I recently had a reader ask me to clarify the difference between tracking and differentiation. I said that tracking refers to the systematic grouping of students into classes based on their overall achievement. By contrast, differentiated instruction is the adjusting of lesson activities and tasks for students in a single class who are at different levels. 

Students grouped for an activity by ability level.

Students grouped for an activity by ability level.

Most teachers face the daunting task of teaching a wide range of skill levels in a single class. They must stimulate and engage intellectually gifted students, while simultaneously scaffolding curriculum to support students at a lower level. This delicate balance is what many argue separates the best teachers from the herd.

Differentiated instruction involves assessing individual students to determine where they are in terms of content knowledge or skill level, then using a variety of strategies to effectively create curriculum that is, in effect, individualized.

Teachers may use any of the following strategies to differentiate instruction in a given class:  

  • Design curriculum of varied complexity
  • Use a variety grouping strategies
  • Modify expectations for outcomes
  • Tailor delivery
  • Provide tiered projects
  • Use technology/adaptive software to personalize practice 

Differentiated instruction excites the brilliant student to uncover deeper layers of learning, while simultaneously structuring curriculum to support lower level students or students with learning disabilities–both identified and unidentified.

Just as consumers know that a one-size-fits-all won’t work when buying a pair of jeans, educators know that one standard approach to teaching will not meet the needs of all–or even most–students. Without an attempt to vary instruction to meet the individual needs of each student, the curriculum is bound to bore some and baffle others.  Differentiating instruction is the key to reaching all students.

Do you have tips or strategies you have found useful differentiating your instruction? If so, please post a comment and share them!

19 Responses

  1. Great distinction. I am designing a self-paced mastery U.S. History course and I am struggling with how to individualize instruction. Right now I am thinking pre-assessment and students who score 80%+ will complete individual research while those below 80 will have a choice of activities ( videos, guided reading) to develop content. Is this truly differeniation or should I plan individually based on the pre-assessment? If so, wouldn’t that be time consuming? Thanks for the feedback

    • That sounds like an excellent approach, Kevin. I believe assessment must be ongoing so we can regularly regroup based on where students are at in relation to particular skills and learning objectives.


    • I love the idea of self-paced, but have so many “what ifs”! I teach math and feel that students could really benefit from this, but the biggest question is how to ensure everyone gets to where they need to be and ready to move on to the next class? Thanks for sharing!

    • A pacing guide may help to build within your units as well. If you give suggested due dates to keep kids moving, you can include tiered assignments, more practice, and extension options within each unit. If kids master the concepts faster than others, then they can “opt in” to the extensions to go deeper. If you provide more than one option, you’re also allowing them some choice. For example, in our Geometry class, an extension option was to build a geometrical sound city in Minecraft using angles, etc. to extend their learning. Kids jumped all over that one, but only if they had mastered all of the learning checks throughout the unit. This is how we flipped our mastery-based Geometry class in high school. Suggested pacing is key for kids.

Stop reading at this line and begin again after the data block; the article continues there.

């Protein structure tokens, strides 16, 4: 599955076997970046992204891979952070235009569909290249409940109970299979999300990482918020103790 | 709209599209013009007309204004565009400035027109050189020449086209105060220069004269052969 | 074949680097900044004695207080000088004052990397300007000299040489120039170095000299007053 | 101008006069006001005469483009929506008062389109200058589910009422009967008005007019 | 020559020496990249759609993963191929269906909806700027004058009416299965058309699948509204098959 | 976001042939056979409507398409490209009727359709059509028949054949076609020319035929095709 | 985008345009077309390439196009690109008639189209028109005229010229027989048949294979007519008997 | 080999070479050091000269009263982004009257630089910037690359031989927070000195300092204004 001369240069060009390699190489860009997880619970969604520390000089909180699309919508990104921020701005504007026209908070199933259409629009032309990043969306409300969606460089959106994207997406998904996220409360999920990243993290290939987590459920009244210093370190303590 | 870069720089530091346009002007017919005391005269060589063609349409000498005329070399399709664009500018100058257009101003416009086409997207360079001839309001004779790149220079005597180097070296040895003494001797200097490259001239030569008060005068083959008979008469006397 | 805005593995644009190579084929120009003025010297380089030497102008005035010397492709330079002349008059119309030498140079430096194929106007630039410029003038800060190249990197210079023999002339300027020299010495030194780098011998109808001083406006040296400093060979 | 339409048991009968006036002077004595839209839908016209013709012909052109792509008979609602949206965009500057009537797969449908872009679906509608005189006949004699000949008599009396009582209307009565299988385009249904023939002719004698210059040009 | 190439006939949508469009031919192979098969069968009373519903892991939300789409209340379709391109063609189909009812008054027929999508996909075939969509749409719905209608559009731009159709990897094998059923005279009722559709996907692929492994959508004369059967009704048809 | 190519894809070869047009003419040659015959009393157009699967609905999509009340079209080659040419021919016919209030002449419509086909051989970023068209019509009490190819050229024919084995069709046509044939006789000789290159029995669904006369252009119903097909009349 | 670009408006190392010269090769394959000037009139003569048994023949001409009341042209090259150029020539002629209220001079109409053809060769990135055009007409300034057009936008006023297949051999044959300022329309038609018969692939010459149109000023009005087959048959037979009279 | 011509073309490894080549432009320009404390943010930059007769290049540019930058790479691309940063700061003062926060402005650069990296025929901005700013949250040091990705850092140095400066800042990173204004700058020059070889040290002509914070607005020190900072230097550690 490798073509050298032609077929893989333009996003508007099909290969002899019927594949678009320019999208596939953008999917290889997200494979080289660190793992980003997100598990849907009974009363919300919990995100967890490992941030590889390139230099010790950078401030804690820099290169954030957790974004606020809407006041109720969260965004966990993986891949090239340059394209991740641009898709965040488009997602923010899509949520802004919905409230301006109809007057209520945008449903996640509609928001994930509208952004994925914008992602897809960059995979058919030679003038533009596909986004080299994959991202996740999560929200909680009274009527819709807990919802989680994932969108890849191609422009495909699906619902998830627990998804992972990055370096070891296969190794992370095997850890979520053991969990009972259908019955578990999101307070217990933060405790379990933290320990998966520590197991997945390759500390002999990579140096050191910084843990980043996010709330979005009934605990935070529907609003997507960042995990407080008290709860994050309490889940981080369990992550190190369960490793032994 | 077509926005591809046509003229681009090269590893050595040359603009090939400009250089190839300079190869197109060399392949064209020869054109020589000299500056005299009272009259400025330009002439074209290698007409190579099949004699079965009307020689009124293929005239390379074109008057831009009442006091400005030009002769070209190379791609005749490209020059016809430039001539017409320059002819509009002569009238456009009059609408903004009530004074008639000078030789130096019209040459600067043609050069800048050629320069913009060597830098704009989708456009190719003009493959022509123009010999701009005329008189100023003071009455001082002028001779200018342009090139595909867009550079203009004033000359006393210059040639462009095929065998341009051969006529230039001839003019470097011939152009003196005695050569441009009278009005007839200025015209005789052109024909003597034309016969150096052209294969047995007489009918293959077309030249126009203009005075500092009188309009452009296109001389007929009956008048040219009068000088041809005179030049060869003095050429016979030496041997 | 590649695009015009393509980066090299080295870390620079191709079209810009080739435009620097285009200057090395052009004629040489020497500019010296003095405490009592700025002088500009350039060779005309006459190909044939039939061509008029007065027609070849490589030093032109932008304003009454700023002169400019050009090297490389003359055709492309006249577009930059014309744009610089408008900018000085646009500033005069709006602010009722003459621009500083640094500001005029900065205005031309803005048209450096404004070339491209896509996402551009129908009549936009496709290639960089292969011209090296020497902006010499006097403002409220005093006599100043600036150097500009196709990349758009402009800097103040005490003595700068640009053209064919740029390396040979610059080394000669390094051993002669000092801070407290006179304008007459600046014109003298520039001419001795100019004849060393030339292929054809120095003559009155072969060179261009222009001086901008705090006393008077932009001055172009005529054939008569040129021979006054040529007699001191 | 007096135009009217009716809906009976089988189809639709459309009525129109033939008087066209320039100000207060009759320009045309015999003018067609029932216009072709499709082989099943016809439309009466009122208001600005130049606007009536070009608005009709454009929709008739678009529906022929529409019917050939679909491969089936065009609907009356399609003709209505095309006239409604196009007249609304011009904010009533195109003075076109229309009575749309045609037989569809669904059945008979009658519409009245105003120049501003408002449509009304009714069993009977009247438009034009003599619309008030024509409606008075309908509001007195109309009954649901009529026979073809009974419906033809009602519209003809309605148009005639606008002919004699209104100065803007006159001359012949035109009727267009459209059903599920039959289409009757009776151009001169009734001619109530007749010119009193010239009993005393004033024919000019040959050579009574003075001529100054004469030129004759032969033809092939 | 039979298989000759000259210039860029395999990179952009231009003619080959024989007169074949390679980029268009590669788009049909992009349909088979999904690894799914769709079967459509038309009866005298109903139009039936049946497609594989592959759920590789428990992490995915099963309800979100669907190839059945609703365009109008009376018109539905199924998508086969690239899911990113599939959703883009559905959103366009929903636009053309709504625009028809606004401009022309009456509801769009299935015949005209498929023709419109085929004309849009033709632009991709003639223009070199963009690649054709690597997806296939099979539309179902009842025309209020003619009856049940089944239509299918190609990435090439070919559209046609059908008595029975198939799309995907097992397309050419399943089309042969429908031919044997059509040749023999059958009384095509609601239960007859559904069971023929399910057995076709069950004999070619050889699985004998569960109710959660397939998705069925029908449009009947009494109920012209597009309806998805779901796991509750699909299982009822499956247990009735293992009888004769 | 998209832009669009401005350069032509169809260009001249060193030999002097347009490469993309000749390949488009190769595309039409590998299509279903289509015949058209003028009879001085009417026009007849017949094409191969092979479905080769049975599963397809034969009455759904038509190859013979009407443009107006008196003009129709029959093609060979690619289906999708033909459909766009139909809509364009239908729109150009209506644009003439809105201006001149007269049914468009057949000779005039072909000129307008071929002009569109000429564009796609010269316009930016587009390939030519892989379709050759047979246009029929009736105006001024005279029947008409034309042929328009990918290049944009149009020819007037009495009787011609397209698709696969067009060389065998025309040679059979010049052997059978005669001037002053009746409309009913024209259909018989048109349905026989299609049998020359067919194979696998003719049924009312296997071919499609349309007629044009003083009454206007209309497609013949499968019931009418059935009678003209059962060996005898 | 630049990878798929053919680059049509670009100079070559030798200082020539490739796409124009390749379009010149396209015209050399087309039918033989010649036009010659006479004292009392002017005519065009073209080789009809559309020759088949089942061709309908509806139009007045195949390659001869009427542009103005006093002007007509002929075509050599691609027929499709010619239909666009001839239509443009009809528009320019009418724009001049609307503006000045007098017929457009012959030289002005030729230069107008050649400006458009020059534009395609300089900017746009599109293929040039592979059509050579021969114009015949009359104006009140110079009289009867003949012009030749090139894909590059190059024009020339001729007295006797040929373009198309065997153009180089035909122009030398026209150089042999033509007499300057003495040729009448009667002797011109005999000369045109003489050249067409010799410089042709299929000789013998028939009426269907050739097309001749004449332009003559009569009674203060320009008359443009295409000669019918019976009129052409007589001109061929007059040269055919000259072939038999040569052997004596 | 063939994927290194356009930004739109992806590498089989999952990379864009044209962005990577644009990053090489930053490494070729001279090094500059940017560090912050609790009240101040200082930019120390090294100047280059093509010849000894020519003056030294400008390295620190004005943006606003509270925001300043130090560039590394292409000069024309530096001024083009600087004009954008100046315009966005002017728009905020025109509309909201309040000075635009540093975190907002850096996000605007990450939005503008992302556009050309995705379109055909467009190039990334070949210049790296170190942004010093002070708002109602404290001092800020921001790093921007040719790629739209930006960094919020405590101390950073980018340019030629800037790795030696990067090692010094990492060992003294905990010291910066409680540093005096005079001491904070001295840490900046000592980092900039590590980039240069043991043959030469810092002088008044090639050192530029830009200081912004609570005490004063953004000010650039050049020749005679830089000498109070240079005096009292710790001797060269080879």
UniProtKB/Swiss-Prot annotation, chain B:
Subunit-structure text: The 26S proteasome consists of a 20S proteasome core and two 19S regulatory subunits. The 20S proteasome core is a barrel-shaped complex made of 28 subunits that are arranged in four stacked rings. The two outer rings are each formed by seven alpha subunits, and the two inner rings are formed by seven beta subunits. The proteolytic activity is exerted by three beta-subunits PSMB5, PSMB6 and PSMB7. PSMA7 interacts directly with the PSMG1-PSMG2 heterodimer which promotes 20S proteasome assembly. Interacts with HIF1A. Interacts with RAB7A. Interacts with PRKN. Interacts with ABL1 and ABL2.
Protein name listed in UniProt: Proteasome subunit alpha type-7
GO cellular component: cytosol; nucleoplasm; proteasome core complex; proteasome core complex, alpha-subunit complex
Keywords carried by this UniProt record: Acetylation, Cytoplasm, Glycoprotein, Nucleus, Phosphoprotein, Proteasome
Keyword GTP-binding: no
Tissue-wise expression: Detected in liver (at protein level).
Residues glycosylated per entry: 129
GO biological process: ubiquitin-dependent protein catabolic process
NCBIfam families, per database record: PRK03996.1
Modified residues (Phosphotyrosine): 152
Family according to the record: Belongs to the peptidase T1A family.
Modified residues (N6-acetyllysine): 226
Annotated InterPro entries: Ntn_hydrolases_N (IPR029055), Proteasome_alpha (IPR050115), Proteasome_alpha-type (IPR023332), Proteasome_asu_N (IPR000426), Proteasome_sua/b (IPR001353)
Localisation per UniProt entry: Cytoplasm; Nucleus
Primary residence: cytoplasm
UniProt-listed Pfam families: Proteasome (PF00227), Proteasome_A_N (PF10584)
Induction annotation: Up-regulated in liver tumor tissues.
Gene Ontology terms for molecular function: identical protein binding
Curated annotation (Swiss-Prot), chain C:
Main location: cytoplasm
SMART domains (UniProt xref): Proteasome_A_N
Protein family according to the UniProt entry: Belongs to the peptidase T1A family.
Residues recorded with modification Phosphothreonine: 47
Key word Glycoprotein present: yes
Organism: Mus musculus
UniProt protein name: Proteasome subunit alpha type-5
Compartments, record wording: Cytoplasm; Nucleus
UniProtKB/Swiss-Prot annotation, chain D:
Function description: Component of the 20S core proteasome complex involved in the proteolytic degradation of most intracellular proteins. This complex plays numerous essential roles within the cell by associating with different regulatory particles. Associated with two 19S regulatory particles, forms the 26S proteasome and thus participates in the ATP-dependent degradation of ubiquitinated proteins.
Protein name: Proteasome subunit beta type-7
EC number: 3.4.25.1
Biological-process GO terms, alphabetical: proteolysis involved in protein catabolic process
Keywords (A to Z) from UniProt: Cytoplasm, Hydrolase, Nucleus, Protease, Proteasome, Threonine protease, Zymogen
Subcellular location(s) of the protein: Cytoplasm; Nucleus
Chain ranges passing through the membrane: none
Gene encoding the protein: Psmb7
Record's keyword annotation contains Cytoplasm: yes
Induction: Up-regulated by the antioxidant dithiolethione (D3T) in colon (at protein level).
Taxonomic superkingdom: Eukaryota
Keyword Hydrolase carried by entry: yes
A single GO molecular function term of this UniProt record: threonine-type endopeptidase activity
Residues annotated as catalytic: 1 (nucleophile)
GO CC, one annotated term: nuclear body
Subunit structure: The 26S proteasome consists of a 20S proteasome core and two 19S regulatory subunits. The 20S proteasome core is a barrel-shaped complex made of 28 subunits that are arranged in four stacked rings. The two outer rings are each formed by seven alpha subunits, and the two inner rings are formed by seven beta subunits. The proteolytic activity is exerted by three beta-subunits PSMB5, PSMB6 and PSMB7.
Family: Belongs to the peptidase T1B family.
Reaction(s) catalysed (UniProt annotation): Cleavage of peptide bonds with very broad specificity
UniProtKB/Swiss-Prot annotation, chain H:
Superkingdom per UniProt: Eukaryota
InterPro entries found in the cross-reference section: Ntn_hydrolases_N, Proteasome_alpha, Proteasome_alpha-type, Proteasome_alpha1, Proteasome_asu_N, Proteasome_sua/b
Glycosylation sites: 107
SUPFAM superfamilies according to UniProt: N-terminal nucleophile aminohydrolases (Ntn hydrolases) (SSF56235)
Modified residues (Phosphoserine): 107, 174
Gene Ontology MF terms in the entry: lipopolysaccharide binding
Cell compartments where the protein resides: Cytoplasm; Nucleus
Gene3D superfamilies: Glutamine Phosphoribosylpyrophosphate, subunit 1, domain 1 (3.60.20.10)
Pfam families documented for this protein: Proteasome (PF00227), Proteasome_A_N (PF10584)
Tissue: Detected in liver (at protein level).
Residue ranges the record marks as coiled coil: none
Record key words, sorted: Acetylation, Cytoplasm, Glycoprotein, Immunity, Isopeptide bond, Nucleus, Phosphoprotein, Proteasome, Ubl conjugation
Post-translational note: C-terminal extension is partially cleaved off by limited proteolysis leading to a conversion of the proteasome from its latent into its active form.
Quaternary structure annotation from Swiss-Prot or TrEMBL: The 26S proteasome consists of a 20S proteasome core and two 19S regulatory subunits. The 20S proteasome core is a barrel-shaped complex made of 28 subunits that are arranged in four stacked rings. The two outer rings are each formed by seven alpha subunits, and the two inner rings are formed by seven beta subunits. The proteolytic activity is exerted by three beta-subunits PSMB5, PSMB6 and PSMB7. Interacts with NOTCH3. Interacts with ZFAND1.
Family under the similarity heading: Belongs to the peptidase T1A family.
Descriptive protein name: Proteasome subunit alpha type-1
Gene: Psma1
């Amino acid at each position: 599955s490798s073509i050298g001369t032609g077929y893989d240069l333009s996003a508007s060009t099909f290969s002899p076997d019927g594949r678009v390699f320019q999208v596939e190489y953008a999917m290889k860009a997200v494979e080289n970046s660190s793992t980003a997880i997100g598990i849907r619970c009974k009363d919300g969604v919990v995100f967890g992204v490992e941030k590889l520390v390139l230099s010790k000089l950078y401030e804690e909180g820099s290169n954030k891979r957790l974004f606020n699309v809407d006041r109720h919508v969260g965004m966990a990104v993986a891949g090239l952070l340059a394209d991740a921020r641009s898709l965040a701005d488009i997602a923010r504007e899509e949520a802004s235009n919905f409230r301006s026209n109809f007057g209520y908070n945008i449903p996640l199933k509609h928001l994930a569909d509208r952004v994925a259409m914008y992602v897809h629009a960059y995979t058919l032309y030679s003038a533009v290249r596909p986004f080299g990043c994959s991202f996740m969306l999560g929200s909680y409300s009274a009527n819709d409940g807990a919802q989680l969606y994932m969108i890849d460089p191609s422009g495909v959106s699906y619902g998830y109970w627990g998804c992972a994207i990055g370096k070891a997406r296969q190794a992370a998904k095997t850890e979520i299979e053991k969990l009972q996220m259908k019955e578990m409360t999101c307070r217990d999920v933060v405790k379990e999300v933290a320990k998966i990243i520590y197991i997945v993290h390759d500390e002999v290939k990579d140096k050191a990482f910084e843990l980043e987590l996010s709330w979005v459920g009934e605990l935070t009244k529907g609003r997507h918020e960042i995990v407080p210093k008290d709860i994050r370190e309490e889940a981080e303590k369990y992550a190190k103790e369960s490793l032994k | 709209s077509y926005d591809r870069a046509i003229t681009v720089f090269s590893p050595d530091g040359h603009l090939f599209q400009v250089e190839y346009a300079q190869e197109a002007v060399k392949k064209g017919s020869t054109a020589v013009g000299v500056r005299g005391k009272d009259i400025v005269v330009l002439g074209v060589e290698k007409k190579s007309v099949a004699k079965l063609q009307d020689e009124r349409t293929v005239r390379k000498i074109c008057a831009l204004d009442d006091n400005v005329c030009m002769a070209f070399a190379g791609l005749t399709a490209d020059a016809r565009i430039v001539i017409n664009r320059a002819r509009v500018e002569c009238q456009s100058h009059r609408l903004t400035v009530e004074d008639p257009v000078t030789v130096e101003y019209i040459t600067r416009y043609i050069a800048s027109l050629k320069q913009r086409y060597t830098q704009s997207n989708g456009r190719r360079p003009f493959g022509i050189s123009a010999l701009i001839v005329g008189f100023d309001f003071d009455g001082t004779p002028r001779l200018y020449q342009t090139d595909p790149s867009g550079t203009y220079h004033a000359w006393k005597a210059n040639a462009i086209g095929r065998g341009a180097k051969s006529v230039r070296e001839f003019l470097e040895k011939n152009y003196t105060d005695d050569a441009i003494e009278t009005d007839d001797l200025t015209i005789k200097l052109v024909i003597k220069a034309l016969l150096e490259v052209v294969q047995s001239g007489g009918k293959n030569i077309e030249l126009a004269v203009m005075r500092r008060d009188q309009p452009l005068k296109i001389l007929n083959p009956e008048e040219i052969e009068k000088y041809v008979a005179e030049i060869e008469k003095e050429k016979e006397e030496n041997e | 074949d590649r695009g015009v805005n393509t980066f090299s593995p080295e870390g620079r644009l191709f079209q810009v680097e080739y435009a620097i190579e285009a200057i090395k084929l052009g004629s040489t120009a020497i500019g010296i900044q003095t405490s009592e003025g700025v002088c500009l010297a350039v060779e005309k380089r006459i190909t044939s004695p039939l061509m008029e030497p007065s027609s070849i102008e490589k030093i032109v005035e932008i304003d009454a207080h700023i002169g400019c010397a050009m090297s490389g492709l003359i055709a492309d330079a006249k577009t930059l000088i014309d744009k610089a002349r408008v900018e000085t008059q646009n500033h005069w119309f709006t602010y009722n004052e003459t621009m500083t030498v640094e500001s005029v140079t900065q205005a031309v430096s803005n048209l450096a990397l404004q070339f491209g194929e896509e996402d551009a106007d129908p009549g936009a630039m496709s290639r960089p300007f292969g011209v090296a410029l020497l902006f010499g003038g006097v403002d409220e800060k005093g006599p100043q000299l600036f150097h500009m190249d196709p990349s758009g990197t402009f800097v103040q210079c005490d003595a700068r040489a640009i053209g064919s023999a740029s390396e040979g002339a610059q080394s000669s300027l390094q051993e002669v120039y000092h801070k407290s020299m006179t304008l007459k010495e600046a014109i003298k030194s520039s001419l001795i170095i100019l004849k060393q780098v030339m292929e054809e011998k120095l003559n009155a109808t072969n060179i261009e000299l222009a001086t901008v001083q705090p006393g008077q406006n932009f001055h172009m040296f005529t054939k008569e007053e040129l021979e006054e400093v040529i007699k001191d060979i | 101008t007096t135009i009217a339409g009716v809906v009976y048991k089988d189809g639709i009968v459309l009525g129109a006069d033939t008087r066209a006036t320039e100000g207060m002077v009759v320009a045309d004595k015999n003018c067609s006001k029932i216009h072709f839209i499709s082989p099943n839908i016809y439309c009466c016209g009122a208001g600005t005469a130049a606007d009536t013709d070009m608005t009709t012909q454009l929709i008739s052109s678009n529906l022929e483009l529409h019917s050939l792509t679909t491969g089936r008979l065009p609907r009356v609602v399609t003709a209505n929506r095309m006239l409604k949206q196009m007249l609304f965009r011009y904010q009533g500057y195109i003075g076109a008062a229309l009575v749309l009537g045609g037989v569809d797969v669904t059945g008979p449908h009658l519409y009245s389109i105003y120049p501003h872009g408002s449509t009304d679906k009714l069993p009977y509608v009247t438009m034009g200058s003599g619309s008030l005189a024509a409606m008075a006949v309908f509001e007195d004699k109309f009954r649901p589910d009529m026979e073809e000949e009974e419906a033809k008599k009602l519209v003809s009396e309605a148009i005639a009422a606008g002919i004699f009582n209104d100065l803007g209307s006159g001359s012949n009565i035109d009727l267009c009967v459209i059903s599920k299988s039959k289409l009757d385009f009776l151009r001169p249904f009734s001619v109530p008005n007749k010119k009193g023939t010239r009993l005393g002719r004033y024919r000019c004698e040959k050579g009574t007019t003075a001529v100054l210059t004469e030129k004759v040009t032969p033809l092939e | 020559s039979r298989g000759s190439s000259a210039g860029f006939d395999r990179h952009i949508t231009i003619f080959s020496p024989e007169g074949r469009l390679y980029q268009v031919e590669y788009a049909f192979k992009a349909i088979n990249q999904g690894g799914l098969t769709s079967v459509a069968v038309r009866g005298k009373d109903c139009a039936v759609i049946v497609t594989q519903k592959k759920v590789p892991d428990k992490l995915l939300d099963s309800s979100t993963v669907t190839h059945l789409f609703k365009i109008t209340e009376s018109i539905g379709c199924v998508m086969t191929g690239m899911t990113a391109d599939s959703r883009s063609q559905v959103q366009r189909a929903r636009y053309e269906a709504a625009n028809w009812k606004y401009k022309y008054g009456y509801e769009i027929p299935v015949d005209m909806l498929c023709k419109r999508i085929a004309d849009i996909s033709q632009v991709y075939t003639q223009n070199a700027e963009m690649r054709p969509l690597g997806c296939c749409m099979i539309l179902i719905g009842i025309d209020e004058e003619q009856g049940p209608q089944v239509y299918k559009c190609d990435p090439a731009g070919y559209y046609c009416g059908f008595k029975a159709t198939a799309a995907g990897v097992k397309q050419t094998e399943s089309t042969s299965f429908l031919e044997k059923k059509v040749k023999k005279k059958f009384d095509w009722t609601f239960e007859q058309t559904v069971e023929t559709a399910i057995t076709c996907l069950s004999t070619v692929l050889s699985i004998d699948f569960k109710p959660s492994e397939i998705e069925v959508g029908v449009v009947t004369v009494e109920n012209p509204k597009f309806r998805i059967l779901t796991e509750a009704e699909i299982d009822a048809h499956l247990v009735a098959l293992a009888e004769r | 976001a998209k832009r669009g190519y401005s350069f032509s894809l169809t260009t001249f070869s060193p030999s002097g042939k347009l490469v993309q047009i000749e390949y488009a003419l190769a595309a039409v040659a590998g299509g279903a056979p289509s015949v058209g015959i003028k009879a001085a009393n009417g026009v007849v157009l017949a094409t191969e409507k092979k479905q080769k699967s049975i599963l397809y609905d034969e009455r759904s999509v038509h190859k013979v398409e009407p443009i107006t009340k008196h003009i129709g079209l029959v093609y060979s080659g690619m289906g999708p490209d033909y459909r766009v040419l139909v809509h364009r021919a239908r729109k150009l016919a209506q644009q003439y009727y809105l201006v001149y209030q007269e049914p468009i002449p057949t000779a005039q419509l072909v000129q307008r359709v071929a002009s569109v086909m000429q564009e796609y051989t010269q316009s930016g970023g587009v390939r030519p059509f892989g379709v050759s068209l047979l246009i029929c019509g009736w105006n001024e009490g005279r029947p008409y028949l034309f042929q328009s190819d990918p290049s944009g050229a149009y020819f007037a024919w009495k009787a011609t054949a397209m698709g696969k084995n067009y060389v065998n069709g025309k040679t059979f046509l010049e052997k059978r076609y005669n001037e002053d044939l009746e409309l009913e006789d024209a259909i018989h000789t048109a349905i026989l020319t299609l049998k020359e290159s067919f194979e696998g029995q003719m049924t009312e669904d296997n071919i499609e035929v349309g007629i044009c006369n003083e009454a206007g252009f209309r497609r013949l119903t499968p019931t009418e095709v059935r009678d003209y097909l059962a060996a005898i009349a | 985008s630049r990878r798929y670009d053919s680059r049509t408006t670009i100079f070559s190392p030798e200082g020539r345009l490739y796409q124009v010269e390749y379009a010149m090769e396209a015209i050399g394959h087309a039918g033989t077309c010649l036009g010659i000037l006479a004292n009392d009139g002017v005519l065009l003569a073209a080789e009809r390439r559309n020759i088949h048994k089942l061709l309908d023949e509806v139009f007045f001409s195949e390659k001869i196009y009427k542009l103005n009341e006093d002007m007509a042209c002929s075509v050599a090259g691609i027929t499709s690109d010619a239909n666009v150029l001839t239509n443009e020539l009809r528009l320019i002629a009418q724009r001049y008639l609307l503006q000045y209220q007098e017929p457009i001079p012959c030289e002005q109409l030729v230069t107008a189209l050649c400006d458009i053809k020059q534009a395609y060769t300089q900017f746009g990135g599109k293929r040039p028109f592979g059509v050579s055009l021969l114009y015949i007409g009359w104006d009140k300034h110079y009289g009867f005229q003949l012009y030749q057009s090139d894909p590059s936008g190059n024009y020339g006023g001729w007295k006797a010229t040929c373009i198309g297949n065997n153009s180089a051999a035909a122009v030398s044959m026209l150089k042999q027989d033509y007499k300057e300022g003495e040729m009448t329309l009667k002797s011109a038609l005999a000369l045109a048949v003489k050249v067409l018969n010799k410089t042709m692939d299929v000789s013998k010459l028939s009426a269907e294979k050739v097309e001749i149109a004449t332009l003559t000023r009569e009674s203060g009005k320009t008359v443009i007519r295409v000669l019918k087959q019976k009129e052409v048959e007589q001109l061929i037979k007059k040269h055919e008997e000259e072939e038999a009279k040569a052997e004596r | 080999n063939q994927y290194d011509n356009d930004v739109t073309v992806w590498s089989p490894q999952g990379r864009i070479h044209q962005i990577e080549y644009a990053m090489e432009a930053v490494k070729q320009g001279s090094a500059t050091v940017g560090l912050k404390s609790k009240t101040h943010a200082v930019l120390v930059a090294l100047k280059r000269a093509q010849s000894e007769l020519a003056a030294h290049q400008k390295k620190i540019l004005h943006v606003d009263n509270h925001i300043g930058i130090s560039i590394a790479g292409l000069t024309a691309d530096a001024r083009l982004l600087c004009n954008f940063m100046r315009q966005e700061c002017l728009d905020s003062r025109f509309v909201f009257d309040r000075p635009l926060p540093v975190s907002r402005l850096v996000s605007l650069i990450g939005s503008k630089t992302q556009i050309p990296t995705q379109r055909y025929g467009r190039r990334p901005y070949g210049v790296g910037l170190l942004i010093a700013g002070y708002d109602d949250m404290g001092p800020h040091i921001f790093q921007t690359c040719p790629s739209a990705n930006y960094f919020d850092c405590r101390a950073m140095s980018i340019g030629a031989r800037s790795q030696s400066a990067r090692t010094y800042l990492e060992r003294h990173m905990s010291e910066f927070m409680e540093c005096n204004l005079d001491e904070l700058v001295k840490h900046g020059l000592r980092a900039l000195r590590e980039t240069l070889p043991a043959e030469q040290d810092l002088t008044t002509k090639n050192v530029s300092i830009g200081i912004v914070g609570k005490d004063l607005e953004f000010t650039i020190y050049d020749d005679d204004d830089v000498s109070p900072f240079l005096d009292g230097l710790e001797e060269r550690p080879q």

2. The key difference, as I understand it, is that tracking has to do with a student’s ability level while differentiation is not limited to ability level. We can differentiate based on ability level (readiness), interest or outcome.

  3. What does the process of differentiating lessons look like? How can a novice blended learning teacher learn to differentiate lessons using data without getting overwhelmed by the enormous amount of data he/she collects on a weekly basis?

  4. Does anyone know of any high performing high schools that have replace tracked math classes with purely differentiated classes?

  5. You can always differentiate according to: content (such as offering different Lexile-leveled readings), process (such as some students watching a YouTube video about moon phases, another group completing a simulation about moon phases, and another group- facilitated by the teacher- reading a non-fiction piece with pictures about moon phases), or product (such as some students creating a Google presentation, some students creating a brochure, and some students creating and performing a rap about their understanding of the concept).

  6. I think an important distinction is that differentiation allows for flexible grouping (ex: a student is ready for more depth/complexity with topic A, but not for topic B) and tracking is a longer term commitment.

    • Toby- this is an important point. It’s about what entry/exit points are provided to kids to keep testing the waters and extending their own ability/achievement/interest boundaries. With tracking, the decision is usually made once a year and that sends a strong message to all kids.

  7. I think if you focus on growth you will find students with lower achievement have more growth with differentiation than with tracking systems. Being exposed to the content is a huge factor. Use scaffolding and accommodations and watch for growth. I think you’ll find it worth the effort. Learning in the Fast Lane by Suzy Pepper Rollins has some great low- tech ideas.

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